Fundamental Insights into Dye-Sensitized Interfaces for Solar Fuels Production Public Deposited

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  • Brady, Matthew David
    • Affiliation: College of Arts and Sciences, Department of Chemistry
  • Solar energy has immense potential to supply clean, sustainable energy for mankind. Dye-sensitized photoelectrosynthesis cells (DSPECs) provide a promising architecture for solar energy conversion that combine molecular photocatalysts with wide band gap semiconductor materials. The focus of this thesis is to develop fundamental understandings of the interfacial and intermolecular electron transfer processes of dye-sensitized photoelectrodes. Chapter 1 introduces strategies for solar energy conversion, the operating principles of dye-sensitized photoelectrodes, and insights into possible future directions. In Chapters 2 and 3, ruthenium polypyridyl photocatalysts were examined on TiO2 and SnO2/TiO2 core/shell interfaces as photoanodes for hydrobromic acid splitting. Chapter 2 examined a single ruthenium polypyridyl photocatalyst capable of both excited-state electron injection to the semiconductor and subsequent oxidation of bromide in aqueous solution. This results in a DSPEC capable of HBr splitting for solar energy storage. Chapter 3 examines a series of four ruthenium polypyridyl photocatalysts with ground- and excited-state reduction potentials tuned through synthetic modification, demonstrating the delicate interplay of balancing a strong photoreductant with a potent oxidant for dye-sensitized HBr splitting. Chapter 4 explores [Ru(deeb)(bpz)2]2+, where deeb is 4,4’-diethylester-2,2’-bipyridine and bpz = 2,2’-bipyrazine, which undergoes fascinating ligand photosubstitution chemistry in solution in the presence of bromide. Prolonged steady state photolysis yields both the cis and trans isomers of Ru(deeb)(bpz)Br2. Chapter 5 explores a series of twenty-two ruthenium polypyridyl photocatalysts on metal oxide electrodes to understand the factors that govern desorption and electrochemically-induced degradation. This study reveals that on planar electrodes and mesoporous thin films, there is a correlation between the E (RuIII/II) reduction potential and the stability of the photocatalyst after oxidation. More positive reduction potentials result in more rapid electrochemically-induced degradation. Chapter 6 examines the intermolecular self-exchange electron transfer or “hole hopping” for a series of three ruthenium polypyridyl photocatalysts on TiO2 interfaces in the absence and presence of an insulating Al2O3 overlayer. Hole hopping is explored electrochemically through chronoabsorptometry and photochemically through transient polarization spectroscopy and time-resolved anisotropy studies. This study reveals that the insulating overlayer completely inhibits hole hopping, but still allows for photoinduced excited-state electron injection to the TiO2 acceptor states.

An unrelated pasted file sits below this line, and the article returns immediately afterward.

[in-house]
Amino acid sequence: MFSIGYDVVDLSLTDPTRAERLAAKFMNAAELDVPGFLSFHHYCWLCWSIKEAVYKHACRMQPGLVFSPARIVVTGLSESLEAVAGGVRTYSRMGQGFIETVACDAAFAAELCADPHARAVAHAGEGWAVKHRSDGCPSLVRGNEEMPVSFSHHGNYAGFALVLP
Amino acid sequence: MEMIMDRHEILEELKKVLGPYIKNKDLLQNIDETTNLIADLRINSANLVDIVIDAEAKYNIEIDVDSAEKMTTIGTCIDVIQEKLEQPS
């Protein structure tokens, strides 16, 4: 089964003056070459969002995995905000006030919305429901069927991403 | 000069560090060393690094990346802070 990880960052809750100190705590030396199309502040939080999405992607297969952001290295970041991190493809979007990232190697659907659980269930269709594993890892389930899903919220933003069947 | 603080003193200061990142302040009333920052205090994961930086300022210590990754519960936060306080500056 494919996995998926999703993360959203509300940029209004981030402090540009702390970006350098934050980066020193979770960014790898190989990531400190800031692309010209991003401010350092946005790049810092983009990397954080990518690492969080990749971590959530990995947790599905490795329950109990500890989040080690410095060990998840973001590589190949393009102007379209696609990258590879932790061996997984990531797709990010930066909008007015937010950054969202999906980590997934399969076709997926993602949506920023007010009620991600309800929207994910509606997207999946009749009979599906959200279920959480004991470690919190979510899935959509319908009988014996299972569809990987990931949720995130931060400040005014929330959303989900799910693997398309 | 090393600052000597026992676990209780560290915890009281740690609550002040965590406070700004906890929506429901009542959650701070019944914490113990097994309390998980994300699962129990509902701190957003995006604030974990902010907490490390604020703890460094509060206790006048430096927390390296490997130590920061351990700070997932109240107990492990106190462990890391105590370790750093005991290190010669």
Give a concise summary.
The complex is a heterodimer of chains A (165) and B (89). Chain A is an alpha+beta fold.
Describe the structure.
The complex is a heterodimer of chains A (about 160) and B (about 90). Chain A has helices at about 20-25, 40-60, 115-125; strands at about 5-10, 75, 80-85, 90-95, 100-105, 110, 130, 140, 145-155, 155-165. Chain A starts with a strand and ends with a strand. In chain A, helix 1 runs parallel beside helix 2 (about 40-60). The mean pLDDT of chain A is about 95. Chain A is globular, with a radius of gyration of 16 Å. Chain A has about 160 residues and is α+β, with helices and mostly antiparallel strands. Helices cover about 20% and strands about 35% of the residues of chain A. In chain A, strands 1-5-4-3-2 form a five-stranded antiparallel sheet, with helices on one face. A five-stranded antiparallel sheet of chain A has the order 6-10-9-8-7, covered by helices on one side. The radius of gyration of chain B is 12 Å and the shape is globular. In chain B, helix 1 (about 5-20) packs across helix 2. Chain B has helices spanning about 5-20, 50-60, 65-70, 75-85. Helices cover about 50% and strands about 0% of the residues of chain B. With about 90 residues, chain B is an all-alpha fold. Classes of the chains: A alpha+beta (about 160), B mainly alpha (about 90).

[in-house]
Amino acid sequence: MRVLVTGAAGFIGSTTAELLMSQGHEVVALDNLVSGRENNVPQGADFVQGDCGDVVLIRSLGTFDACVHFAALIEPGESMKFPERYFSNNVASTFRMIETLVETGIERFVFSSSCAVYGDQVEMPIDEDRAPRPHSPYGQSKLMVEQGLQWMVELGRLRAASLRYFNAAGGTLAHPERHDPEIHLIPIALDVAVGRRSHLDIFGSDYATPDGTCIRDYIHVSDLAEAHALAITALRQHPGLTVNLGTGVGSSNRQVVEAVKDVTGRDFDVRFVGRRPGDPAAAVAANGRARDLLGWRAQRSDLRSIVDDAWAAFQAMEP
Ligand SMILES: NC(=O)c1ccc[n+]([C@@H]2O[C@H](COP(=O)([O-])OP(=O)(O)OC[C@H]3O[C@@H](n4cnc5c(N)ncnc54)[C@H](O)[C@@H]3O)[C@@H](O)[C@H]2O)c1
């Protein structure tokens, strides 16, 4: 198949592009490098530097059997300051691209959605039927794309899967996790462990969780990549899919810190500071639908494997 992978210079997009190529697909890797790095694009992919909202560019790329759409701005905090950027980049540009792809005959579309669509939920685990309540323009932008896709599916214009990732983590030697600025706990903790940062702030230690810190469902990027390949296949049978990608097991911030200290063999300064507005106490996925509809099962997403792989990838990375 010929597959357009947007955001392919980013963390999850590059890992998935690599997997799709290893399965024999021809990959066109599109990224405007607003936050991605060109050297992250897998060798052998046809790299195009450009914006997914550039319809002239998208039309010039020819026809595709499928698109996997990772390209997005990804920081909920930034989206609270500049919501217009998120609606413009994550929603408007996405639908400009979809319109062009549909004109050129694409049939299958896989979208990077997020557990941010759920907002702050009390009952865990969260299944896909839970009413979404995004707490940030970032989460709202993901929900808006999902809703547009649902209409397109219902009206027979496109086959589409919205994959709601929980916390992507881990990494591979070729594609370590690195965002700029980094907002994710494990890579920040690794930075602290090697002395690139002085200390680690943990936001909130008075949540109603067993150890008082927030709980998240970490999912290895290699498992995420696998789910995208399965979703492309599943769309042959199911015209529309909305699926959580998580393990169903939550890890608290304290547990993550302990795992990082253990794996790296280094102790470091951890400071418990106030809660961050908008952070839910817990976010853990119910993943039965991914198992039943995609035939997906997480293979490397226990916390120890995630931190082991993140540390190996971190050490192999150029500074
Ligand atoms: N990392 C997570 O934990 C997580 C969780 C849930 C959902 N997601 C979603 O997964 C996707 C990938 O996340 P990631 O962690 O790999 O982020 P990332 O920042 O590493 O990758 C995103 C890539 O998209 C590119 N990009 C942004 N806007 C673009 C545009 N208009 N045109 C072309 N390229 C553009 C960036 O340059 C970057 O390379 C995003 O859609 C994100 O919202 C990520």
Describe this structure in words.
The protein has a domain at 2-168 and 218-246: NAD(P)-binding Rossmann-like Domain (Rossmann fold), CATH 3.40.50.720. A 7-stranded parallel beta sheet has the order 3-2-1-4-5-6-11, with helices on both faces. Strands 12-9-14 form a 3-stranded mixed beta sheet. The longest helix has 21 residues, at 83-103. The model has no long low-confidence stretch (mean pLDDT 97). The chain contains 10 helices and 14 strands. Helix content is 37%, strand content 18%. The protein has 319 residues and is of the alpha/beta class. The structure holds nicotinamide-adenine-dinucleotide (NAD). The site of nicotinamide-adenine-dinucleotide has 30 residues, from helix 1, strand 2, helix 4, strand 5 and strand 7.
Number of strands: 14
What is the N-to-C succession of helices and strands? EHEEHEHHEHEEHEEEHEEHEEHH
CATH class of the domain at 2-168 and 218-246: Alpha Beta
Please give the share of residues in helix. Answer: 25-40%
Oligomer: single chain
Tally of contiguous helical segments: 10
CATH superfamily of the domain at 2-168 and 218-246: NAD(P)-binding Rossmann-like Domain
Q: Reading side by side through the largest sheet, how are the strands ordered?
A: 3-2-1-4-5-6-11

Date of publication
Resource type
  • Meyer, Gerald J
  • Doctor of Philosophy
Degree granting institution
  • University of North Carolina at Chapel Hill Graduate School
Graduation year
  • 2020

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